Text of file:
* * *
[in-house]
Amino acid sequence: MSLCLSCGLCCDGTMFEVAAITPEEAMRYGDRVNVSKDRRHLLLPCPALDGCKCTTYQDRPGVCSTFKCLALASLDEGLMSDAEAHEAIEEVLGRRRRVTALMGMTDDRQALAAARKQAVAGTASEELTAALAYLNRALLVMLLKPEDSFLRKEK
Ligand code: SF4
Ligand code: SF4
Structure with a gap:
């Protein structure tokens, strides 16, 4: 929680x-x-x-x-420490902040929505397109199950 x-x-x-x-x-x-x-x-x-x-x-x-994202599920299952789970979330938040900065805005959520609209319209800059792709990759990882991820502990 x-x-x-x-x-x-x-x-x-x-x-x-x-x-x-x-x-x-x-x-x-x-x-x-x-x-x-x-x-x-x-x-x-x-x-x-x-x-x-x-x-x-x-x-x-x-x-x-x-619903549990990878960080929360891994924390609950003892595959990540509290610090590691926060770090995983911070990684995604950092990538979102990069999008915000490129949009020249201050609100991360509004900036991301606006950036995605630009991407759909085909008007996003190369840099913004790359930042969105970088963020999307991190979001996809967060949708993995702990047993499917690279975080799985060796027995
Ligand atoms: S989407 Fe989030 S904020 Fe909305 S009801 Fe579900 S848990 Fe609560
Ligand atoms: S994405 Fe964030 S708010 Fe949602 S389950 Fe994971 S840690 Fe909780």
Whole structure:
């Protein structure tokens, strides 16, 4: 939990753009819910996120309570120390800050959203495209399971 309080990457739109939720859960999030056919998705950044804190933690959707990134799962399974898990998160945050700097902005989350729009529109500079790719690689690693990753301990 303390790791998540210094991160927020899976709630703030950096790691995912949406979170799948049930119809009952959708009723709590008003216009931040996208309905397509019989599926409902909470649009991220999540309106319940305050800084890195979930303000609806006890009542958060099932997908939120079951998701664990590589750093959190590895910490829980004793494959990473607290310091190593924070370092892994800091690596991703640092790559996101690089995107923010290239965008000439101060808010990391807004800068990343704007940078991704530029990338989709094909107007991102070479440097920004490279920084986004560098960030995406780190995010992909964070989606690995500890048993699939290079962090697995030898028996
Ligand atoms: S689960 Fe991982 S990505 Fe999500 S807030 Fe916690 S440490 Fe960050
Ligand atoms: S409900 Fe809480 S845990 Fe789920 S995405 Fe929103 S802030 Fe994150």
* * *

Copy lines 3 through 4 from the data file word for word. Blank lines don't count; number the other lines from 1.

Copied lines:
Ligand code: SF4
Ligand code: SF4